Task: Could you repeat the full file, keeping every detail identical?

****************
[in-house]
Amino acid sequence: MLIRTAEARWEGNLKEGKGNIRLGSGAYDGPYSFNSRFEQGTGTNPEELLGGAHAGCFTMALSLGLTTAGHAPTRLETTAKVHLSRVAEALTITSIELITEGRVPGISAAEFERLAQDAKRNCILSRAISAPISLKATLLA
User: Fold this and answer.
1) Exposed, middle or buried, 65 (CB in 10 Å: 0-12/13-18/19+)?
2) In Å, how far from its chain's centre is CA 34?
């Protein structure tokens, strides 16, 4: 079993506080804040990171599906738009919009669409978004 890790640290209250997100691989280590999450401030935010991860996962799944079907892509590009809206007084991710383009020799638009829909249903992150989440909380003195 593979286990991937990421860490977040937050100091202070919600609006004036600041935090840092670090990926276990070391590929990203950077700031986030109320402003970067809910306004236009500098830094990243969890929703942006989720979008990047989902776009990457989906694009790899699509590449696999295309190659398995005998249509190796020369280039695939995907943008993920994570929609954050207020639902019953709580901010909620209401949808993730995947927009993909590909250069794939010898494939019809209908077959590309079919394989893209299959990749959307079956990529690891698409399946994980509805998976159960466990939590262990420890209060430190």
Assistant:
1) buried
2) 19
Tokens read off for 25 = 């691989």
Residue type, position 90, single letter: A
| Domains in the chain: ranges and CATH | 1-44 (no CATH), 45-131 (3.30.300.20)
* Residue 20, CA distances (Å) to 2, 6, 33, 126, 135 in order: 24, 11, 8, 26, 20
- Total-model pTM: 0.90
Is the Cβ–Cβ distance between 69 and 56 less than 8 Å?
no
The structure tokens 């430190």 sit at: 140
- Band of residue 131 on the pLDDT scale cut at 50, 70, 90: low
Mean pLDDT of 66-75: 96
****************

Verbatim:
[in-house]
Amino acid sequence: MLIRTAEARWEGNLKEGKGNIRLGSGAYDGPYSFNSRFEQGTGTNPEELLGGAHAGCFTMALSLGLTTAGHAPTRLETTAKVHLSRVAEALTITSIELITEGRVPGISAAEFERLAQDAKRNCILSRAISAPISLKATLLA
User: Fold this and answer.
1) Exposed, middle or buried, 65 (CB in 10 Å: 0-12/13-18/19+)?
2) In Å, how far from its chain's centre is CA 34?
């Protein structure tokens, strides 16, 4: 079993506080804040990171599906738009919009669409978004 890790640290209250997100691989280590999450401030935010991860996962799944079907892509590009809206007084991710383009020799638009829909249903992150989440909380003195 593979286990991937990421860490977040937050100091202070919600609006004036600041935090840092670090990926276990070391590929990203950077700031986030109320402003970067809910306004236009500098830094990243969890929703942006989720979008990047989902776009990457989906694009790899699509590449696999295309190659398995005998249509190796020369280039695939995907943008993920994570929609954050207020639902019953709580901010909620209401949808993730995947927009993909590909250069794939010898494939019809209908077959590309079919394989893209299959990749959307079956990529690891698409399946994980509805998976159960466990939590262990420890209060430190």
Assistant:
1) buried
2) 19
Tokens read off for 25 = 């691989």
Residue type, position 90, single letter: A
| Domains in the chain: ranges and CATH | 1-44 (no CATH), 45-131 (3.30.300.20)
* Residue 20, CA distances (Å) to 2, 6, 33, 126, 135 in order: 24, 11, 8, 26, 20
- Total-model pTM: 0.90
Is the Cβ–Cβ distance between 69 and 56 less than 8 Å?
no
The structure tokens 């430190």 sit at: 140
- Band of residue 131 on the pLDDT scale cut at 50, 70, 90: low
Mean pLDDT of 66-75: 96